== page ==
Magnetic vortex probe imaging for MFM


Magnetic force microscopy (MFM) has become established as a standard method to probe surface magnetic textures of a large variety of magnetic materials.

Working principle of MFM is based on an oscillating cantilever ended by a sharp tip covered by magnetic material. During the scanning, this magnetic tip is passed closely above the sample surface and the magnetostatic forces between the tip and the sample affect the phase and frequency of cantilever oscillations, which enables to detect magnetic profile of the sample surface. Reducing the diameter of the tip apex (i.e. increasing its sharpness) the resolution of the MFM can be improved up to the 10 nm level. However, such super sharp tips are prone to be deformed when the tip impacts the sample surface. As a result, their magnetic moment changes with time and the tips can be even destroyed, which hinders their desired utility in quantitative MFM scanning providing the distribution of magnetic charges at the sample surface.
In our previous experimental work, we successfully demonstrated a new type of MFM probe with a ferromagnetic circular disk at its apex. The magnetic structure of the disk is in a vortex state, i.e. most of its magnetic moments circulate in-plane around the disk center and generate zero magnetic field. Only a small fraction of spins located in the vicinity of the disc center (dubbed as a vortex core) is oriented out of the disk plane and serves as a super sharp magnetic probe. Since the disk diameter is relatively large, our vortex-core probe is robust against mechanical deformations, and, at the same time, its magnetic properties (e.g. resolution) are similar to the commercial super sharp tips.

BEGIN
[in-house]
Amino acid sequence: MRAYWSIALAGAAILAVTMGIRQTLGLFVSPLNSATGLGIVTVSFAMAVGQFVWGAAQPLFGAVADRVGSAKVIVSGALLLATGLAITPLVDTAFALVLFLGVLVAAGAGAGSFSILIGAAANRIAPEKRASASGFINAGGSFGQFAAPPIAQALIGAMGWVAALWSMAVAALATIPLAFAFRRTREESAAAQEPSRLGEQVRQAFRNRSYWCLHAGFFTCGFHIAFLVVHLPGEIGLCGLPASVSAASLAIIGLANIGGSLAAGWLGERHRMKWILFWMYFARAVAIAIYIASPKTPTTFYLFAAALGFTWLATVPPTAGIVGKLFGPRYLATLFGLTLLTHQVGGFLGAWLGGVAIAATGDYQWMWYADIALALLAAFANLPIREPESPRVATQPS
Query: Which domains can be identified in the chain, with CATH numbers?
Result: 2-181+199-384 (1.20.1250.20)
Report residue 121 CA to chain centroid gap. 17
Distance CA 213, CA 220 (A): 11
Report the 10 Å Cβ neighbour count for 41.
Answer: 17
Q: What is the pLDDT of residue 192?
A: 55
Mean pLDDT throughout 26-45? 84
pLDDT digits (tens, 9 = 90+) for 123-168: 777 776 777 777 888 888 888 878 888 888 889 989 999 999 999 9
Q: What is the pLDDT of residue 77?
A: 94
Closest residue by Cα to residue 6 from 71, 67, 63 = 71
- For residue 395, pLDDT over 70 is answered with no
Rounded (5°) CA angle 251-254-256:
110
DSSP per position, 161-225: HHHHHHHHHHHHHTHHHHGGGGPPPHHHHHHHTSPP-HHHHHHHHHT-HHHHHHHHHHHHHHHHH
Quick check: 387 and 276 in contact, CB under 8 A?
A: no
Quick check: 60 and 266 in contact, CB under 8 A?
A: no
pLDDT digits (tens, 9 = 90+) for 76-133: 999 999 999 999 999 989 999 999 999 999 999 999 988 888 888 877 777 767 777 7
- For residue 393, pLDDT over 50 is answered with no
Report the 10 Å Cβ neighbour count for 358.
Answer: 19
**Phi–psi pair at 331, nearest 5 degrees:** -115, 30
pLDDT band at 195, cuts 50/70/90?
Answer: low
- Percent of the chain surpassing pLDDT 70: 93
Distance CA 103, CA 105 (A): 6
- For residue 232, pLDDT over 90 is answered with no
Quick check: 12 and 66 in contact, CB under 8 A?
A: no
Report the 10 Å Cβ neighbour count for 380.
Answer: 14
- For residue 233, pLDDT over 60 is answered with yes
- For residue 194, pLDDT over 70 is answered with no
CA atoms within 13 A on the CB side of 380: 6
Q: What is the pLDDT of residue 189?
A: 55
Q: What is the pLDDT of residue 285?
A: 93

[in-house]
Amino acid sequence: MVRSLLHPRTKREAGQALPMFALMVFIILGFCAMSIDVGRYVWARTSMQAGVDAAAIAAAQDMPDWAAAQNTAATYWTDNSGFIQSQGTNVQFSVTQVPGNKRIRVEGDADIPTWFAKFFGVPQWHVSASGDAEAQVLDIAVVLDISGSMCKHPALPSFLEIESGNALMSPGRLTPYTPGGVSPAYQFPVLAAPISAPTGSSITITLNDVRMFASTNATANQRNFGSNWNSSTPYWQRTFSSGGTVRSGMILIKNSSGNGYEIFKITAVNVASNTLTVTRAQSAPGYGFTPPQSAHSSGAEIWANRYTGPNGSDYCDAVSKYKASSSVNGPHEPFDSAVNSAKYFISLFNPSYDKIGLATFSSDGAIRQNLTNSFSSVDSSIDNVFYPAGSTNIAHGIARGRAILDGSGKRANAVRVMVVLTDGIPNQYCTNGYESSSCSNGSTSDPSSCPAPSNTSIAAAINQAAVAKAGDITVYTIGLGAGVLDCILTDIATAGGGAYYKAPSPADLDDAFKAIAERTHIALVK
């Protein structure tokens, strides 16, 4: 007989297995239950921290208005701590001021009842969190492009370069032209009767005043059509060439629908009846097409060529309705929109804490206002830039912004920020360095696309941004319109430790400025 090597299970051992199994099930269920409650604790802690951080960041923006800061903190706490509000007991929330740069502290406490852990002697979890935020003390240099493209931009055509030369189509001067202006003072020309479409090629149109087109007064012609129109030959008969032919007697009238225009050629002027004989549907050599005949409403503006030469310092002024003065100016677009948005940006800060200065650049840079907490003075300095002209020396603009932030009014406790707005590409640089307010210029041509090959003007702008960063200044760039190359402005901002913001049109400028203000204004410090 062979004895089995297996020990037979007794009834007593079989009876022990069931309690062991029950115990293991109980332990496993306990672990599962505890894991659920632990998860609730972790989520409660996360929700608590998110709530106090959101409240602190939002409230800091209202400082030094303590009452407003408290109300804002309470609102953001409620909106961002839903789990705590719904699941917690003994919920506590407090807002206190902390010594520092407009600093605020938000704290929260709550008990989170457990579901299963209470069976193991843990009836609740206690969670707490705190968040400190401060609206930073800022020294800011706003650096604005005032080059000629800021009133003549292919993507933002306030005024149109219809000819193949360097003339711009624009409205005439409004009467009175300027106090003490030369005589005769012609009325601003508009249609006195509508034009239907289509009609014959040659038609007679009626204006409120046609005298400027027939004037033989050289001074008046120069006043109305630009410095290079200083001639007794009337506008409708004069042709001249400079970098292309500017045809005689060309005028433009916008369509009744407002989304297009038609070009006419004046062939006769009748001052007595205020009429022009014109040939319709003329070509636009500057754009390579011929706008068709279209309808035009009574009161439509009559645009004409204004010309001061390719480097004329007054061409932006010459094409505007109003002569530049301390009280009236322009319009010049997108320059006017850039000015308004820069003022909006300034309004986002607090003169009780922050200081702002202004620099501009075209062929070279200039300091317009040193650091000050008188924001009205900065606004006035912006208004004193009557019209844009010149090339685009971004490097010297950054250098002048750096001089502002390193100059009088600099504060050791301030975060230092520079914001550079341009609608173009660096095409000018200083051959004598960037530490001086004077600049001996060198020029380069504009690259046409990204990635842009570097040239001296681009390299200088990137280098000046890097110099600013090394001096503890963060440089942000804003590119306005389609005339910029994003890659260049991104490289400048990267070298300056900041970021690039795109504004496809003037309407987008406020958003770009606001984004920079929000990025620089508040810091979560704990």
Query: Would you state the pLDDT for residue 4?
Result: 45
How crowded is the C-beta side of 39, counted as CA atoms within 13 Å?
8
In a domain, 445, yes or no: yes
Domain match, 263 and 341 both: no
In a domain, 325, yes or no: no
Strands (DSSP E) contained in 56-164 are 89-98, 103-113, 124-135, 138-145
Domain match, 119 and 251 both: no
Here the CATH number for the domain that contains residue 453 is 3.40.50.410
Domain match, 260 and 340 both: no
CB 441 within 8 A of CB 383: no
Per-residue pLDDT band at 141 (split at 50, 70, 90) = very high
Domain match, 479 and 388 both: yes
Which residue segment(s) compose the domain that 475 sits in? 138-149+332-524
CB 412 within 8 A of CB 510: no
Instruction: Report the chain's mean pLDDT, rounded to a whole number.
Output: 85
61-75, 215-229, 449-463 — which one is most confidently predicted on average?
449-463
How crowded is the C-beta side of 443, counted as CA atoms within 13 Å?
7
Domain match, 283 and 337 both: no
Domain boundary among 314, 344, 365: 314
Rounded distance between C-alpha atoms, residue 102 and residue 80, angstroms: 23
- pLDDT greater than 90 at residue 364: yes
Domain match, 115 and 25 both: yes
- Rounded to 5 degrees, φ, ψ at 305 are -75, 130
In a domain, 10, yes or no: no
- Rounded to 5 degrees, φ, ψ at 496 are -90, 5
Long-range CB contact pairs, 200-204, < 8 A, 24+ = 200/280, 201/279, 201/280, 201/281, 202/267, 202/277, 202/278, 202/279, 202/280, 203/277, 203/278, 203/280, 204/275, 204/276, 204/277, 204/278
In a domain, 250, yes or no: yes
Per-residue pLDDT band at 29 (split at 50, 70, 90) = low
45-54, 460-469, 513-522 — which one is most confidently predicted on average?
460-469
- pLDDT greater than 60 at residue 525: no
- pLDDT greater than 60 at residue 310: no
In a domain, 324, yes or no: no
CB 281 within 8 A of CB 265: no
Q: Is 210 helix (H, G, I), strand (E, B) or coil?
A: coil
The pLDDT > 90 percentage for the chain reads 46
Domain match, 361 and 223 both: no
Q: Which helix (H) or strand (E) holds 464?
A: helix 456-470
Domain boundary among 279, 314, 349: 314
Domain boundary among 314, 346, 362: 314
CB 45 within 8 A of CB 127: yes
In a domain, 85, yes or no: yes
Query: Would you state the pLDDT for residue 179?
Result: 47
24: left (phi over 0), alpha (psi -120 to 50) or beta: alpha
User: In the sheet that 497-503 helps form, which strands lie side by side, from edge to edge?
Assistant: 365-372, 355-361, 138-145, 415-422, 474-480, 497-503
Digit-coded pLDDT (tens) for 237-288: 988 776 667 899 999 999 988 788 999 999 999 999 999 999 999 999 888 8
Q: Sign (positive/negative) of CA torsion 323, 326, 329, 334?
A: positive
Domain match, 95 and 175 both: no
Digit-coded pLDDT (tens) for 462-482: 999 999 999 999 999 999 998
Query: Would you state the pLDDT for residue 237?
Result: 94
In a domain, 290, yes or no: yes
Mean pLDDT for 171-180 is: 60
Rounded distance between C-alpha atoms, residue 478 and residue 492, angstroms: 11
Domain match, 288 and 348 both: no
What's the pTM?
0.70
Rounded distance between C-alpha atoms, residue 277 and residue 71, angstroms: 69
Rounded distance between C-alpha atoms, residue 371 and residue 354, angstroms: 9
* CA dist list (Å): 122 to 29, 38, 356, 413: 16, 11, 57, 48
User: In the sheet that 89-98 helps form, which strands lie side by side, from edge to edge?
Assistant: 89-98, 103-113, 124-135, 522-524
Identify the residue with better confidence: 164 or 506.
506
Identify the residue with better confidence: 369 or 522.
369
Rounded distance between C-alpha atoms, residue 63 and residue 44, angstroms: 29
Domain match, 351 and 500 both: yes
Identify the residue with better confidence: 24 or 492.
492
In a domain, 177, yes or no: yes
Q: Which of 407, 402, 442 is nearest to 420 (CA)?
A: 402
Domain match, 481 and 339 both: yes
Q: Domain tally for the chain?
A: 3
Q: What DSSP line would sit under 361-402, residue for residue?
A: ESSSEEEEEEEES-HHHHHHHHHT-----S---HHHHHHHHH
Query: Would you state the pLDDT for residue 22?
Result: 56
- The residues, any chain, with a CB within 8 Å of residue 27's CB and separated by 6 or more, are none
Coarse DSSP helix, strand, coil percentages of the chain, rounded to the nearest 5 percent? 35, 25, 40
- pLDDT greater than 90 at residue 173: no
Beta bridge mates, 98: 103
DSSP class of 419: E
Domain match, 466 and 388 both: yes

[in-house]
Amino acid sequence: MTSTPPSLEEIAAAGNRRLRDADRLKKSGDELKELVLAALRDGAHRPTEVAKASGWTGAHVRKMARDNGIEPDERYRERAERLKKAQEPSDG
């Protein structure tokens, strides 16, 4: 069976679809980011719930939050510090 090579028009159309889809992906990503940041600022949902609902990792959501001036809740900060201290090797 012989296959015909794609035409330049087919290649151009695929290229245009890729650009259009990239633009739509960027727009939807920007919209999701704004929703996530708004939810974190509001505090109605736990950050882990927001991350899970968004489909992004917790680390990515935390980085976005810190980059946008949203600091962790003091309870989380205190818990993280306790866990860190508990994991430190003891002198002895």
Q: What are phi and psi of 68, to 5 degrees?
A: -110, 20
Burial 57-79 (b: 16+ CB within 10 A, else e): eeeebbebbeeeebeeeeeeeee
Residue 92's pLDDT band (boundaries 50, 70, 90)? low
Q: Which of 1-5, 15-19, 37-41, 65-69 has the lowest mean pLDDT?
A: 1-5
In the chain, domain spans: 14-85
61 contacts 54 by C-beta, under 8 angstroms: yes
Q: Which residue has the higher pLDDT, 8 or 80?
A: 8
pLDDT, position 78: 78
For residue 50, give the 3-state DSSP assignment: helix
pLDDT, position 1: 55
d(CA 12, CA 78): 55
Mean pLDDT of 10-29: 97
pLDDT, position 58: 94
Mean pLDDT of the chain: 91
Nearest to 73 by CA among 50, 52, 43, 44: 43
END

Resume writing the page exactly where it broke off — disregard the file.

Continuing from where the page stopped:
However, the ferromagnetic disk is made of soft magnetic material (Permalloy) which is sensitive to the larger magnetic field from the sample and its magnetization can be undesirably altered during the scanning process. Therefore, in the present work, we study numerically the limitations of the vortex-core probe by calculating the scanned images of typical samples, i.e. isolated circular domains, magnetic stripes, and domains in chessboard arrangement mimicking the bits in computer hard drives. Our results show that the vortex core probe provides a reliable MFM image when scanning the flat samples with magnetic domains sized up to 100 nm. For larger domains, the magnetic field they generate is strong enough to introduce unwanted artifacts into the resulting MFM scan.

Left panel: Simulated MFM image of square domains with various sizes L made by ideal VC probe. Right: Simulated MFM image of the same samples made by the VC probe with magnetization deformed by the magnetic field of the sample.


Feilhauer, J., Tóbik, J., Šoltýs, J., and Cambel, V.: Numerical characterization of magnetic vortex probe imaging for magnetic force microscopy, IEEE Trans. Magnet. 59 (2023) 6500210.